The portrait of the artist as a young humanitarian, if you will.
In 2019, Meghan guest edited British Vogue and chose not to appear on the cover because, according to the magazine's editor Edward Enniful, she felt it would be BOASTFUL. (Never mind the feathers that sentiment might have ruffled given that nearly every senior female member of the royal family since the 1950s has appeared on the front of the fashion bible.)
Contrast that to just over a year later when Harry and Meghan, now California ratepayers, took part in the charity Baby2Baby's drive to hand out back to school supplies for underprivileged kids, to which they took their own photographer and released photos to the press.
Come Remembrance Day in 2019 and the Sussexes did exactly the same thing, handily toting along their own snapper to record them looking appropriately sombre for images which were then distributed to the media.
In fact, the very first sighting of the duo on US soil came when a paparazzo just happened to catch the couple out delivering food for Project Angel Food.
In 2021, it emerged that Meghan had gotten involved in the push for paid parental leave (all the gold stars!). But, did she do this by donating scads of the $200 million or so that she and Harry are said to be pulling for their various content deals? Did she lend her support to a campaign in the district of Senator Susan Collins or Senator Shelley Moore Capito?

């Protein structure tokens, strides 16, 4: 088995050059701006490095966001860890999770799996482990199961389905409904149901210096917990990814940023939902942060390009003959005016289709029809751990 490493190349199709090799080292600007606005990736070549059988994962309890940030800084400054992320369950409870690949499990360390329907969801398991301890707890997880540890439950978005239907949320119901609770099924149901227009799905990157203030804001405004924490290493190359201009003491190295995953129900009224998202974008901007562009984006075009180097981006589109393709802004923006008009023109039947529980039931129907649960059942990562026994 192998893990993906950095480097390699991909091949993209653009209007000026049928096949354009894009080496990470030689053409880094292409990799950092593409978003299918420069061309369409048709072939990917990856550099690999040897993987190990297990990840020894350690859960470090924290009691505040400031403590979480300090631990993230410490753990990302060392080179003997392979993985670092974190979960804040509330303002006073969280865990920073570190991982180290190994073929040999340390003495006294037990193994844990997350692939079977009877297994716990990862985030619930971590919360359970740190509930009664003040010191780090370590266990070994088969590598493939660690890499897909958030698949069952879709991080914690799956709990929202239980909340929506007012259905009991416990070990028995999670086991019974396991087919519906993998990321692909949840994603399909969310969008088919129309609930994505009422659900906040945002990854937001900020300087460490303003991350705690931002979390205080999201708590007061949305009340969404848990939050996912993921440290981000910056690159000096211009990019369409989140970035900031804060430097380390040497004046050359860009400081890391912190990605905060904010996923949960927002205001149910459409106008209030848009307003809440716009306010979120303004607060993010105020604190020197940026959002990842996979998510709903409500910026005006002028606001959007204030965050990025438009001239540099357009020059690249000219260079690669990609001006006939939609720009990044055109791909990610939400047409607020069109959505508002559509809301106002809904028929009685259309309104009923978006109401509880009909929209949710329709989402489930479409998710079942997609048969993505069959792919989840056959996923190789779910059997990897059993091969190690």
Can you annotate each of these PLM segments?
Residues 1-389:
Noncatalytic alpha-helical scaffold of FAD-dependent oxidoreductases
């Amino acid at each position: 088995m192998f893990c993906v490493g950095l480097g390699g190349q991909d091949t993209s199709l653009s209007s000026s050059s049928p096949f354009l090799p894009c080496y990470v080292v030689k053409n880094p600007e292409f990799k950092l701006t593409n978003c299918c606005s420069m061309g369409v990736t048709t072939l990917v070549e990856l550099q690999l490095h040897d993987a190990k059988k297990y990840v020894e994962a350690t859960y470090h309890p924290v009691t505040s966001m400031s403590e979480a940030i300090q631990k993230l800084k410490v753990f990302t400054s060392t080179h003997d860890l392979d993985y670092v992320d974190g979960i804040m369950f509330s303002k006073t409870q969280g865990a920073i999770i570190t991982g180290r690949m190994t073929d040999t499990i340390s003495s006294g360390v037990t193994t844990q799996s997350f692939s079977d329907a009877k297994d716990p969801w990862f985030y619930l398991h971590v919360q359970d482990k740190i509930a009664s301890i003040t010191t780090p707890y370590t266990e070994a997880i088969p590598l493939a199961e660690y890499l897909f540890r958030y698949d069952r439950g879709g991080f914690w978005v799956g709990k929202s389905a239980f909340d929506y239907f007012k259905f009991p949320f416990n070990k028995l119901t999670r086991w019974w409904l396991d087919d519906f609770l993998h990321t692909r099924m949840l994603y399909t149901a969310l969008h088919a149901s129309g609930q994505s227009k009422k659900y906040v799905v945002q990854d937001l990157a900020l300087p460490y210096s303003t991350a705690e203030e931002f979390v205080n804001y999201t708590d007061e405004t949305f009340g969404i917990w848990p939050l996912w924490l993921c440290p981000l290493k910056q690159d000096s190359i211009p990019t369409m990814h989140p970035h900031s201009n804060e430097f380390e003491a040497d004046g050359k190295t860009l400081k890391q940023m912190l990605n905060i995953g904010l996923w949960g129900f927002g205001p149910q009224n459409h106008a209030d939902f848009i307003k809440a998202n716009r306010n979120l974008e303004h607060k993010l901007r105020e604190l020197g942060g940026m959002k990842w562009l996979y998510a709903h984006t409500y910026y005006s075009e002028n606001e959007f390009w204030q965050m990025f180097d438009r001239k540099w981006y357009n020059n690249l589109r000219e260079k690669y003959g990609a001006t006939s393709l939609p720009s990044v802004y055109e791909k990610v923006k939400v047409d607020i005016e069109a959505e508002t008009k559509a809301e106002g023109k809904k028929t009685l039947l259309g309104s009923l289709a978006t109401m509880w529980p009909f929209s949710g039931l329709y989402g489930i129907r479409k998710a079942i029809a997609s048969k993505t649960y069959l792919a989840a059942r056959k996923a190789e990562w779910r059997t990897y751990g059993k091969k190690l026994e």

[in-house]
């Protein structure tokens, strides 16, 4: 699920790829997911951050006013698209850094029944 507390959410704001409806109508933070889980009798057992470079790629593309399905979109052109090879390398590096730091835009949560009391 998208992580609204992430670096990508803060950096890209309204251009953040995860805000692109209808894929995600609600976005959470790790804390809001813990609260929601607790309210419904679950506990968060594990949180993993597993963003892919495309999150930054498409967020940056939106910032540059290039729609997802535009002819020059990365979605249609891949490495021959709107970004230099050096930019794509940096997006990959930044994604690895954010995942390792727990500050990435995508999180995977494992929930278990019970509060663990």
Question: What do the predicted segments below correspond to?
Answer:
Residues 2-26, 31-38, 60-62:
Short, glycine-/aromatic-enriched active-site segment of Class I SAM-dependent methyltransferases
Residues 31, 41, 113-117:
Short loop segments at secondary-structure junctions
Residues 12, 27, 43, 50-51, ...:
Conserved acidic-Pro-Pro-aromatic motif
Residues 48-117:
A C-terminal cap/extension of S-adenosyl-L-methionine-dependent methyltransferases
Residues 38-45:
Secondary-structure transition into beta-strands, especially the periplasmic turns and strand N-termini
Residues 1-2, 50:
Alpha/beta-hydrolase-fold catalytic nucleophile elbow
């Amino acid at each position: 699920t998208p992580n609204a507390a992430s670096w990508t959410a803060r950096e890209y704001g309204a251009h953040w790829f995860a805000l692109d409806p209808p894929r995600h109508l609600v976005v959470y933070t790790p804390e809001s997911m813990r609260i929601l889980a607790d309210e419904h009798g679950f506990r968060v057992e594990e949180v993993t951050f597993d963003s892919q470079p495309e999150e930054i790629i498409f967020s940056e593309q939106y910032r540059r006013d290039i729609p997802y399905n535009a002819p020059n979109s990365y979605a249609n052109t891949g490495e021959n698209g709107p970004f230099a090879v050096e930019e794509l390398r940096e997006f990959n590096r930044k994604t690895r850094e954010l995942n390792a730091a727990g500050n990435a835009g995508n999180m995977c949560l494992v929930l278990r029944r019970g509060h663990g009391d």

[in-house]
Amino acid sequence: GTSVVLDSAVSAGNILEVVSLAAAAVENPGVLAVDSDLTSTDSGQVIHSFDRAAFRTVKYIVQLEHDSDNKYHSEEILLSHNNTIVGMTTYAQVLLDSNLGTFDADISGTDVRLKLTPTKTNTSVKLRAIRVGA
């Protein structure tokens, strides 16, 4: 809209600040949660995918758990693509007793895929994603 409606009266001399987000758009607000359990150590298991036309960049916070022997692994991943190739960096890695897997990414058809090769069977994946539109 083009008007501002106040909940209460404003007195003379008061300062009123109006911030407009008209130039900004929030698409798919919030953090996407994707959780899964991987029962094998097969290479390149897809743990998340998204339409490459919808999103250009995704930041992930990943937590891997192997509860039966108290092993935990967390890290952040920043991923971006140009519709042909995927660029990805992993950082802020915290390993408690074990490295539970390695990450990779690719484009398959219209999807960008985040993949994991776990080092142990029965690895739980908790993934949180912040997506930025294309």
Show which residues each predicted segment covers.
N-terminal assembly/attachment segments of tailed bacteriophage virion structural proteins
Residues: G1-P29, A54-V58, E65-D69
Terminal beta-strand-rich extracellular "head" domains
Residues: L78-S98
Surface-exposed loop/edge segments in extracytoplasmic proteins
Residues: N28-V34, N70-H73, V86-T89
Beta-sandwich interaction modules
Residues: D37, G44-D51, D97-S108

No, she called the pollies themselves, dropped her title and managed to suitably get their hackles up. "I was happy to talk with her," Collins later told Politico. "But I'm more interested in what the people of Maine are telling me about it."
In late May after 19 children and two teachers were murdered by a gunman in a school in the Texas town of Uvalde, Meghan flew in to pay her respects. The visit included her laying flowers at a memorial, which just happened to be surrounded by press and visited a blood drive centre to donate food to volunteers.